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Turning Life into Fiction

3.60  ·  Rating Details  ·  121 Ratings  ·  14 Reviews
A highly entertaining and indispensable manual on how to write good fiction

If you want to write at all, whether from real life or not, you must be willing and able to use your imagination. That means you must be willing to take risks and sometimes look the fool. You must be willing to transform experience, not simply record it. If you were a good liar, daydreamer, or troub
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Paperback, 256 pages
Published May 2nd 2006 by Graywolf Press (first published 1994)
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Florence Lyon
Oct 25, 2015 Florence Lyon rated it really liked it  ·  review of another edition
Recommended to Florence by: Barbara Florio Graham
This 1994 hard copy edition was a gift from a writing friend. It has some great advice and suggested writing exercises.

I chuckled at the part about eavesdropping and writing snippets of conversations into your jot journal for later inspiration.

Honestly, I skimmed through the second half of the book quickly and didn't read it page by page. I will know where to find it if I'm looking for ideas and guidance later on.

T
April Brown
Jan 02, 2014 April Brown rated it really liked it  ·  review of another edition
Shelves: writing, reference
What ages would I recommend it too? Eighteen and up.

Length? A couple of days read.

Characters? No.

Setting? Real world writing issues.

Written approximately? 1994.

Does the story leave questions in the readers mind? I'd like to read the updated version with internet research covered.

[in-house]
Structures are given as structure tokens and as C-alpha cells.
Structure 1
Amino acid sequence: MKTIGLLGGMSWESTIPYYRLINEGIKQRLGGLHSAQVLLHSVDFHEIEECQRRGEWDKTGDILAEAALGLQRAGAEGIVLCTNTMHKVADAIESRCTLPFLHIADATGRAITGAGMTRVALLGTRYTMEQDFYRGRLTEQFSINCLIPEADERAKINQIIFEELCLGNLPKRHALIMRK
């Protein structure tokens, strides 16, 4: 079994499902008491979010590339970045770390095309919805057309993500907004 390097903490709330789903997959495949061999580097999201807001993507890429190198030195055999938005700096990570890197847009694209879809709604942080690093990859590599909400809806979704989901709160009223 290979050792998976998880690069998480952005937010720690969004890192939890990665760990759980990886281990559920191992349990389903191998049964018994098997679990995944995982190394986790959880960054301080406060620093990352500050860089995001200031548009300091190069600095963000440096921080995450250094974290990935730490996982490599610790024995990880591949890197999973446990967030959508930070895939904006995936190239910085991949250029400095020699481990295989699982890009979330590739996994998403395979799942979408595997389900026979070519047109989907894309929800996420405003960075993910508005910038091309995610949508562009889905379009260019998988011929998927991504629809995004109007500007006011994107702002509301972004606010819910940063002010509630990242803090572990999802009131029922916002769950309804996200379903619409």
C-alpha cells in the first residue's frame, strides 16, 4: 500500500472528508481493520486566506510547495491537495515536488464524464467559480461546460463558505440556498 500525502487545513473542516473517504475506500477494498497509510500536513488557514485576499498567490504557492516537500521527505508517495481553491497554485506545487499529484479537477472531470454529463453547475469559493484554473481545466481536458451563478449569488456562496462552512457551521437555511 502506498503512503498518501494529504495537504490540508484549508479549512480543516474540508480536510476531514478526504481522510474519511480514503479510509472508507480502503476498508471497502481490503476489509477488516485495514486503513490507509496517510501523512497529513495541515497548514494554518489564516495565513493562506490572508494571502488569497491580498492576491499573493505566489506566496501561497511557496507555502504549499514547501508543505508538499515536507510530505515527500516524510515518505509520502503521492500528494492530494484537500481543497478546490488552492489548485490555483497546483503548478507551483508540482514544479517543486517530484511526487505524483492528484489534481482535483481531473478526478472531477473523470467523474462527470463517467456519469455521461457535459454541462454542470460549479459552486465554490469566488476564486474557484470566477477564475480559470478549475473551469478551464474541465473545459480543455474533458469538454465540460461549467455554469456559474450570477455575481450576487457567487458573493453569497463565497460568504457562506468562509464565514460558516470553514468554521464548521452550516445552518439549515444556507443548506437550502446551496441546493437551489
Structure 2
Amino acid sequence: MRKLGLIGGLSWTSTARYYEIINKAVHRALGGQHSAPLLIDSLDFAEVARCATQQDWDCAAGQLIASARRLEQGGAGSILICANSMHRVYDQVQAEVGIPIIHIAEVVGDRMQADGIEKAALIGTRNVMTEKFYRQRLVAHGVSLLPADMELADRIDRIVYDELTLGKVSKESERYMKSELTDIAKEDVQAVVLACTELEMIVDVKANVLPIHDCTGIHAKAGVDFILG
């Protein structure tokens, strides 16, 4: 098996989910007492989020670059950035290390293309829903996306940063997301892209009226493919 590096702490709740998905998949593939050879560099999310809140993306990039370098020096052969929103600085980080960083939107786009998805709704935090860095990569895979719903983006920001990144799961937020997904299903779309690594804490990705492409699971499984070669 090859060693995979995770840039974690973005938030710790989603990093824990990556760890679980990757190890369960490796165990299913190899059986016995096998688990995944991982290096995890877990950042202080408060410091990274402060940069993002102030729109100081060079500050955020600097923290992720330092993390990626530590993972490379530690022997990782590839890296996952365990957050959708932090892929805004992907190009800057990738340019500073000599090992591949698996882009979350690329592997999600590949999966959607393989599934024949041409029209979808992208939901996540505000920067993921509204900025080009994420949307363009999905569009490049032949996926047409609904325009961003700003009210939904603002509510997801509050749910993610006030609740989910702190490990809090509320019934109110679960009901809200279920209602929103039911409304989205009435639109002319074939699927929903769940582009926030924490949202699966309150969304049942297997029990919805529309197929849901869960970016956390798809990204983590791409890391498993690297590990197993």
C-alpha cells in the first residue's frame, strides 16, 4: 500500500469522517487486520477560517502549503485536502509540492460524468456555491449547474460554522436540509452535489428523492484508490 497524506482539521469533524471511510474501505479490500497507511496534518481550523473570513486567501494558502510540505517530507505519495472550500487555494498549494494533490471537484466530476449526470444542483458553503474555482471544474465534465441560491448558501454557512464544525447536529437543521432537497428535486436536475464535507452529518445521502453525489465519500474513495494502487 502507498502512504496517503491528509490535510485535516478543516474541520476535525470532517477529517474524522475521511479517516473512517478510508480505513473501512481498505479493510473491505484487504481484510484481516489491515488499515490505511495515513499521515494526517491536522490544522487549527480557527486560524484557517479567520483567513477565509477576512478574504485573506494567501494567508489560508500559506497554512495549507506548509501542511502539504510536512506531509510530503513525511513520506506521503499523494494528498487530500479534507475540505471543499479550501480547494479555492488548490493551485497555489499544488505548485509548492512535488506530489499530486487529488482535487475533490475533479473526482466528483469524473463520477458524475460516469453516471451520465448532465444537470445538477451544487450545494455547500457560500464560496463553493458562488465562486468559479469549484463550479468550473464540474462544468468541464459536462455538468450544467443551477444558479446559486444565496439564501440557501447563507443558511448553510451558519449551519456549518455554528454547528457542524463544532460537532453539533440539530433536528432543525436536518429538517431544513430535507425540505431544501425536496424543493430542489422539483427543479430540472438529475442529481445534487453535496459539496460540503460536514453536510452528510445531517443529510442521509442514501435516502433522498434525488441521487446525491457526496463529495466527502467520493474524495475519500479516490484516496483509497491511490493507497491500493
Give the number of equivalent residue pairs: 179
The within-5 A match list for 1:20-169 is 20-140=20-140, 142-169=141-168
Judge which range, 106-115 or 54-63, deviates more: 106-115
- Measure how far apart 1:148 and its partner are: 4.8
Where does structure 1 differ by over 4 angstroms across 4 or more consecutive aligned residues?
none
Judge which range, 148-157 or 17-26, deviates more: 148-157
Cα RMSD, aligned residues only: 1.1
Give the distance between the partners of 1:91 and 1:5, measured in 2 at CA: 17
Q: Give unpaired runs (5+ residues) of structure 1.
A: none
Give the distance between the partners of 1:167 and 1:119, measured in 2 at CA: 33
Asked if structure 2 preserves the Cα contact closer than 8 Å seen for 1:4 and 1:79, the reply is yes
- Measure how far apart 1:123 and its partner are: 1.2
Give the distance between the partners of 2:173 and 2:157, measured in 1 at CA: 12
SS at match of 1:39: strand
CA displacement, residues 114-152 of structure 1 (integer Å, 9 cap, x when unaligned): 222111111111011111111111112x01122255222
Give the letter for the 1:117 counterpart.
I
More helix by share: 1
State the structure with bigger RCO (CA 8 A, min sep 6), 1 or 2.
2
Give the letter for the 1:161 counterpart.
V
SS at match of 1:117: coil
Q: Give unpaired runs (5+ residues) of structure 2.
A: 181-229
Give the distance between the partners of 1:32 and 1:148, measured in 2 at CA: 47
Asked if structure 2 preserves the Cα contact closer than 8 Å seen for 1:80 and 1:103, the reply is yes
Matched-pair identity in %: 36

Any issues the author (or a more recent publisher) should cover? Yes. Internet research, tone back the repetitiveness, and clarify this mostly aimed at short story writers, not novelists.

Short storyline: A discussion, w
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Susan Stans
Jul 14, 2015 Susan Stans rated it really liked it  ·  review of another edition
I really like this book gave me a lot of ideas and was very amusing with his examples. Every aspiring author should read this book; gave me lots to think about.
Rochelle
Feb 04, 2016 Rochelle rated it it was ok
I read this book for a university level, Senior Fiction Writing seminar. Overall, I now have a better grasp on the technical concept of turning life events into fiction, however, the author in no way inspired me to do so. I came into this text with a project idea already brewing and close the cover far less interested in pursuing it. Is that a positive outcome? This reader says no.
Theryn Fleming
This is a book of very practical advice for beginning writers. For example, Hemley advises against surprise! endings and "as you know, Bob" dialogue, encourages writers to think about their audience, and avoid "so what?" stories (ones with no point). There's really nothing to disagree with here. I think he tends to get a little wordy/repetitive at times, but it's all good advice. There are also writing exercises at the end of each chapter. This edition was published in 1994 (noticeable due to th ...more